WASHINGTON, DC — July 19, 2006 — The Food Marketing Institute (FMI) applauds the Senate Judiciary Committee for holding a hearing today on "Credit Card Interchange Rates: Antitrust Concerns?" to inform the public about the most costly credit card fees — interchange fees — which are fixed in secret by Visa and MasterCard.


Interchange costs exceeded $26 billion in 2004 — more than penalty fees, annual fees and cash-advance fees combined.

"American consumers pay a hidden interchange fee on virtually every purchase," said Tim Hammonds, FMI president and CEO. "The cost is rising fast as credit card use increases and card companies compete by raising the fees to entice banks to issue their cards. The retailers and consumers who pay the fees have no say in this practice."

"In a truly competitive market," he said, "companies offer consumers the best value for their dollar. We see this principle at work every day in the supermarket industry, where Americans enjoy the lowest prices in the world. Consumers deserve the same value when they choose to use their credit cards."

The committee learned firsthand how these fees harm consumers and small businesses from Kathy Miller, owner of the Elmore Store, in Elmore, VT, testifying on behalf of FMI and the Vermont Grocers’ Association.

In 2005, Miller’s store handled $58,500 in plastic transactions and paid $4,400 in credit card fees at a rate of 2.65 percent plus 20 cents per sale. "Since I told my customers I was going to Washington, DC, to testify on this issue, I can’t even tell you how many of them were unaware of these hidden fees," she said to the committee.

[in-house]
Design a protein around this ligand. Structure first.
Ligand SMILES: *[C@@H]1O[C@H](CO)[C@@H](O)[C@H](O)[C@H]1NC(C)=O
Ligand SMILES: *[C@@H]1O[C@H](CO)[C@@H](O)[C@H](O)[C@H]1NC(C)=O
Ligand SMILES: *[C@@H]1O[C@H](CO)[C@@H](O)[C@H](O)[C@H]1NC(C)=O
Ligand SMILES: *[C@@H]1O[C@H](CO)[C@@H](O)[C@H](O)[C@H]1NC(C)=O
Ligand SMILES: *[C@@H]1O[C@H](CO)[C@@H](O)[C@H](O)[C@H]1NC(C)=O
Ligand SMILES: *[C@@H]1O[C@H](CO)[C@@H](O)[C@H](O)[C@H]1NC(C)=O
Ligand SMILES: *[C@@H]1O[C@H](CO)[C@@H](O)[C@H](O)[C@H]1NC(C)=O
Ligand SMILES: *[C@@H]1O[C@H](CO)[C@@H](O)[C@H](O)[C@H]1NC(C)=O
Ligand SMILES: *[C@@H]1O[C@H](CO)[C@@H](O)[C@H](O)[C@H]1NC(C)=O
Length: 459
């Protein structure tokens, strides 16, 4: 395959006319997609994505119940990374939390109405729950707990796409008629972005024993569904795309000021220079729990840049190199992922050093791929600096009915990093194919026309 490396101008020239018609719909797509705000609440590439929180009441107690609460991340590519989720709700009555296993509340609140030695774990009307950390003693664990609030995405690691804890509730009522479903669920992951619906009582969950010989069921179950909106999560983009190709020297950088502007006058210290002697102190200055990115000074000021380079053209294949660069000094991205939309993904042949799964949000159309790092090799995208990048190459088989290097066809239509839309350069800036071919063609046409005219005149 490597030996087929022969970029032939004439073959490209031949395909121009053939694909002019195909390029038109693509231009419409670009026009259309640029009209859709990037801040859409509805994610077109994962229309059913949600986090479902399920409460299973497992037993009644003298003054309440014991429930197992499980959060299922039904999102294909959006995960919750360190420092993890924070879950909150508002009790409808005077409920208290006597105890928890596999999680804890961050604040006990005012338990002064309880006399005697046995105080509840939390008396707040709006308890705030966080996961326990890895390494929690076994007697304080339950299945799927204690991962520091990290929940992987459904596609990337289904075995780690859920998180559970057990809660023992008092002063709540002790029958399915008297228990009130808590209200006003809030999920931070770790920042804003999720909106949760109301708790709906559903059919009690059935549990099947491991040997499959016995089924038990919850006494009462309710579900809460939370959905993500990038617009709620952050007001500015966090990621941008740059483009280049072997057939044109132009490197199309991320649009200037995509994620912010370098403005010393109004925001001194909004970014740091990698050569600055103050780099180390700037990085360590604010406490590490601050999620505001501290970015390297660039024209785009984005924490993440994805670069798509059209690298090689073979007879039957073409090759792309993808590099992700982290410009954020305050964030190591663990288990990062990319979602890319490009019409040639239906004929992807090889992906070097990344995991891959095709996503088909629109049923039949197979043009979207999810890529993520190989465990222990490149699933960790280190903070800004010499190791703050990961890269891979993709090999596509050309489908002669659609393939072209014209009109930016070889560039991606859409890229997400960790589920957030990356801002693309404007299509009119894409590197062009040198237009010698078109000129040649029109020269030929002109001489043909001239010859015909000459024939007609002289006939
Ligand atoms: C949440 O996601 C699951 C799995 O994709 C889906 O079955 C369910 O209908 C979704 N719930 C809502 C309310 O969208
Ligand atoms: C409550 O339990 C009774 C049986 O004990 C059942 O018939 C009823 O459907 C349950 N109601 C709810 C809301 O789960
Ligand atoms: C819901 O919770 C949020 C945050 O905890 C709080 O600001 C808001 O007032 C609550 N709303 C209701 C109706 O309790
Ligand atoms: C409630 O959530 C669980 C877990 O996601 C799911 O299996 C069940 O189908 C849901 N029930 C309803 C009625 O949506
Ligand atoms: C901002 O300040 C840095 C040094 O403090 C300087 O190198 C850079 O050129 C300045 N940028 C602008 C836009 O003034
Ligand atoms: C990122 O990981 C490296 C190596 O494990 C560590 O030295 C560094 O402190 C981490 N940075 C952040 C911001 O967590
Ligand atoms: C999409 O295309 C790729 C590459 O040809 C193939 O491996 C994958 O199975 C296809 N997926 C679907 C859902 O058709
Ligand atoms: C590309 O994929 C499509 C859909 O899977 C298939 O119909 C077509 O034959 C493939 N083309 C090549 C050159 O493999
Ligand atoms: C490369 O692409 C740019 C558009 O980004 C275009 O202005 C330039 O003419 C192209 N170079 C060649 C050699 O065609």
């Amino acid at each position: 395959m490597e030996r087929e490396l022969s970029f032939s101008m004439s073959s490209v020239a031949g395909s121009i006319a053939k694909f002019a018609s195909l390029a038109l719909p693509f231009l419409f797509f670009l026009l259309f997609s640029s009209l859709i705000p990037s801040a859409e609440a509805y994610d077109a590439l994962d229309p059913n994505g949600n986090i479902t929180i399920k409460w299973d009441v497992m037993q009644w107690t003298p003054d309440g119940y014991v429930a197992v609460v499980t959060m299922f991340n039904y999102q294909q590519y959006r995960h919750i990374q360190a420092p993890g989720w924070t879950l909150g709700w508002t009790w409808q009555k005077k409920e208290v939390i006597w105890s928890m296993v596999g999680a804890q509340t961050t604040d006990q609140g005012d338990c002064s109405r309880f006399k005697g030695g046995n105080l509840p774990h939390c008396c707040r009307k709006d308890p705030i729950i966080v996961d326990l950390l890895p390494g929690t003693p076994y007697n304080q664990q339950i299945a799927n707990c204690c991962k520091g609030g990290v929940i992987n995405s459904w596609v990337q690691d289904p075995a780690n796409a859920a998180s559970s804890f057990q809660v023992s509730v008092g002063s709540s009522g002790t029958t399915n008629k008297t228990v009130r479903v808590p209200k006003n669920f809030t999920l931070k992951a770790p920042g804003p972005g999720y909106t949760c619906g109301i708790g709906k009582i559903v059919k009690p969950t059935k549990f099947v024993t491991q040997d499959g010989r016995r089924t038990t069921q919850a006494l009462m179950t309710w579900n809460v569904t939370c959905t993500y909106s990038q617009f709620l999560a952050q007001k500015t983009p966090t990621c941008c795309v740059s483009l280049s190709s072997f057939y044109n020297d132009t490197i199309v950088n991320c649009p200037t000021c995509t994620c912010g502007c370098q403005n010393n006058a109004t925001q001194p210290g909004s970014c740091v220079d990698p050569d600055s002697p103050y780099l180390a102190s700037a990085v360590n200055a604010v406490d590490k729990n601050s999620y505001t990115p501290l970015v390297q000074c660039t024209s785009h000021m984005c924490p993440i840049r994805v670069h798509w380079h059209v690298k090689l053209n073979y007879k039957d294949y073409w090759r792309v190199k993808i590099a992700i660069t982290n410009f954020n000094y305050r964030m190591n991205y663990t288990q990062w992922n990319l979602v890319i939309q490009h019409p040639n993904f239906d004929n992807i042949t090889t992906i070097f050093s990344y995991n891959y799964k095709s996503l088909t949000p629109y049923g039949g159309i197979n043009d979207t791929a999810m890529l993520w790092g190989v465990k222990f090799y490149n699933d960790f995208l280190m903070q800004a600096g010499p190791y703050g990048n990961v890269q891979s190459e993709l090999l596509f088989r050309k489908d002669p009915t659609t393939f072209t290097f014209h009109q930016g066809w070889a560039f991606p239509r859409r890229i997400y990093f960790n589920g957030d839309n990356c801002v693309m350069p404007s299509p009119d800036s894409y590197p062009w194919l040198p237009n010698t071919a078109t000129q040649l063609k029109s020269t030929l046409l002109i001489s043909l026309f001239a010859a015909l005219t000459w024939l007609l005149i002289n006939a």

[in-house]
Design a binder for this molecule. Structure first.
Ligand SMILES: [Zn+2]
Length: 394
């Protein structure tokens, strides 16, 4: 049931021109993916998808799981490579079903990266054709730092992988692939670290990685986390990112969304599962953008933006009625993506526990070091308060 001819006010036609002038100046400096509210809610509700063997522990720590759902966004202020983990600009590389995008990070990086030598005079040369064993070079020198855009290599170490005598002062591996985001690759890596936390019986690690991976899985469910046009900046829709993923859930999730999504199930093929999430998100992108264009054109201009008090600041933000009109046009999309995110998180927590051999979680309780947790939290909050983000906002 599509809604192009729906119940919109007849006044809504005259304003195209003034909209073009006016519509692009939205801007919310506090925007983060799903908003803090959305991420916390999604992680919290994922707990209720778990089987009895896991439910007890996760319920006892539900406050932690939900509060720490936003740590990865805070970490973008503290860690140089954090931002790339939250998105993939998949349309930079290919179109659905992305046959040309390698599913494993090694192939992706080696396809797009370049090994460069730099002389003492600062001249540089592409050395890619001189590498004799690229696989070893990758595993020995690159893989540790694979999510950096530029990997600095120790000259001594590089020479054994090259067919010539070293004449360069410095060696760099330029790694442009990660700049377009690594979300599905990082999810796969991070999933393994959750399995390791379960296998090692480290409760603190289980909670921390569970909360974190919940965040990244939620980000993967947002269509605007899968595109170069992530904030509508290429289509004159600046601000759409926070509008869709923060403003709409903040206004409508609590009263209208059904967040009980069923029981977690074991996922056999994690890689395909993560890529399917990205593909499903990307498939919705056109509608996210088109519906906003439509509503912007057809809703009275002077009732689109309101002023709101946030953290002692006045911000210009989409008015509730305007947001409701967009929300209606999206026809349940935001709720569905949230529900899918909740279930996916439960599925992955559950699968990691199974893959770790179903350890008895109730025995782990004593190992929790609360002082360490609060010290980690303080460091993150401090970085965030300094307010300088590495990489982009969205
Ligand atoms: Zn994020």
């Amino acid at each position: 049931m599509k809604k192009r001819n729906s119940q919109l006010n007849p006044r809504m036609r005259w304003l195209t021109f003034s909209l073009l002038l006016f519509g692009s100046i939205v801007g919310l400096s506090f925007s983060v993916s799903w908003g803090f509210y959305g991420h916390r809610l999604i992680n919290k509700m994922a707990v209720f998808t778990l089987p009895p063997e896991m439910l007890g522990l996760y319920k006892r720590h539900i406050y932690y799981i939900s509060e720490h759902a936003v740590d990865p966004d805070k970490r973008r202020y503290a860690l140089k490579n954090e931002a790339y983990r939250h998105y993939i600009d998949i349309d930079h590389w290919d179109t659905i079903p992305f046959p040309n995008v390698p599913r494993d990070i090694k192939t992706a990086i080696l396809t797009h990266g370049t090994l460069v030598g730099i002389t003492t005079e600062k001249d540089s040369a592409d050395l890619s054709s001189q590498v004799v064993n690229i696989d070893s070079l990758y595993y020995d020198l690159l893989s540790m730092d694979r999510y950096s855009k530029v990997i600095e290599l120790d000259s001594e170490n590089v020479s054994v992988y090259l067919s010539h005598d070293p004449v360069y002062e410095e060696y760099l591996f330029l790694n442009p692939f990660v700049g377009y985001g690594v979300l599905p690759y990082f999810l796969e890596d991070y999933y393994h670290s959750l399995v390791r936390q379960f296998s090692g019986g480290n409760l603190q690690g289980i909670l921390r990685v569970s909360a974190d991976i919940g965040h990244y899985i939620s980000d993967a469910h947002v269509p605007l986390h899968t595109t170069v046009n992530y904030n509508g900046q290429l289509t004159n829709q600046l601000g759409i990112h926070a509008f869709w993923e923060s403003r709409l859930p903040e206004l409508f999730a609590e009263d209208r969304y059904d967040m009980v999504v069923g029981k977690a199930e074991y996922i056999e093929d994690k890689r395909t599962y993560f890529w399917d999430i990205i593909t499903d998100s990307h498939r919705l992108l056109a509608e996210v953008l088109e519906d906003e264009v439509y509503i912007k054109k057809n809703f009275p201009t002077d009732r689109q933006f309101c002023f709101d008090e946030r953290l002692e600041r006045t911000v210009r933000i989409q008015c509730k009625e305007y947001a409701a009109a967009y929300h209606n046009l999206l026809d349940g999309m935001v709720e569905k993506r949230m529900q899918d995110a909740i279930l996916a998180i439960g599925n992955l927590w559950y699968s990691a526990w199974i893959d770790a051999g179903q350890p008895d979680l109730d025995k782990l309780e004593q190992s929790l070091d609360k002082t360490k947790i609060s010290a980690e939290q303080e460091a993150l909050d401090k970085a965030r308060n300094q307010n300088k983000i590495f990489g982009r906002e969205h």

"They swipe their cards and think all is 'free' because there is 'no charge' to them at all. Obviously, we lose money on many small transactions and too much on others, so we have to raise prices," Miller testified.

Interchange fees are assessed on every credit and debit card transaction, averaging close to 2 percent. Retailers are forced to build them into the cost of all transactions because card company rules prohibit surcharges on plastic payments and effectively prevent retailers from offering discounts to consumers who pay by cash or check. Credit card company rules make it virtually impossible to inform consumers about these fees.


Interchange cost increases averaged 700 percent among FMI members over the past 10 years, Miller testified. "These increases occurred despite the fact that the technology infrastructure is already in place and the volume of transactions has grown exponentially, providing economies of scale."

"In other areas of my business or any business," she said, "as technology advances and volume increases, prices go down, or at least remain stable. That is not the case with interchange fees because there is no competition."

American consumers pay among the highest interchange fees in the world. Investigations by central banks and competition commissions in the European Union, United Kingdom, Australia and elsewhere found that the fees far exceed the actual costs of payment services. These findings are prompting governments around the world to order that the fees be disclosed to consumers and reflect the actual cost of providing the service.

As a leading member of the Merchants Payments Coalition, FMI is seeking transparent, cost-based interchange fees in the U.S.